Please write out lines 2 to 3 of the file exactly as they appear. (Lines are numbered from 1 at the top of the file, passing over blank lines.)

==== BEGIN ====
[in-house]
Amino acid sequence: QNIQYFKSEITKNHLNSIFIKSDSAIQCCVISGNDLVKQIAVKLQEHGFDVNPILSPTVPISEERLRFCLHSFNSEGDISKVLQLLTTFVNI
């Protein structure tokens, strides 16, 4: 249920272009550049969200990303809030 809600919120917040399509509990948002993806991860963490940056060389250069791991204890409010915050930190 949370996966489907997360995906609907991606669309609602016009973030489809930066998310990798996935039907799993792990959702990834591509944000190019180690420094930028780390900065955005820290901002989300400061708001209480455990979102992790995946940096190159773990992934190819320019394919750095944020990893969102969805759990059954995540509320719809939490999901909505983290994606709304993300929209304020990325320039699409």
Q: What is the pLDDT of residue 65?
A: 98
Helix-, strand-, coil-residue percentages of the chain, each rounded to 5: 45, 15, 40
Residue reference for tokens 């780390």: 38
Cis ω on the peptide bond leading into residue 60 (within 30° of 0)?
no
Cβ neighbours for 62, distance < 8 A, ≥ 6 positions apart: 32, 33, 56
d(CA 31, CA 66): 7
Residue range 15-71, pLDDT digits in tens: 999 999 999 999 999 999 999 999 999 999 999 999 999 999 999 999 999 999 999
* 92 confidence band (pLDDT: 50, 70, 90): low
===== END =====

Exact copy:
Amino acid sequence: QNIQYFKSEITKNHLNSIFIKSDSAIQCCVISGNDLVKQIAVKLQEHGFDVNPILSPTVPISEERLRFCLHSFNSEGDISKVLQLLTTFVNI
């Protein structure tokens, strides 16, 4: 249920272009550049969200990303809030 809600919120917040399509509990948002993806991860963490940056060389250069791991204890409010915050930190 949370996966489907997360995906609907991606669309609602016009973030489809930066998310990798996935039907799993792990959702990834591509944000190019180690420094930028780390900065955005820290901002989300400061708001209480455990979102992790995946940096190159773990992934190819320019394919750095944020990893969102969805759990059954995540509320719809939490999901909505983290994606709304993300929209304020990325320039699409």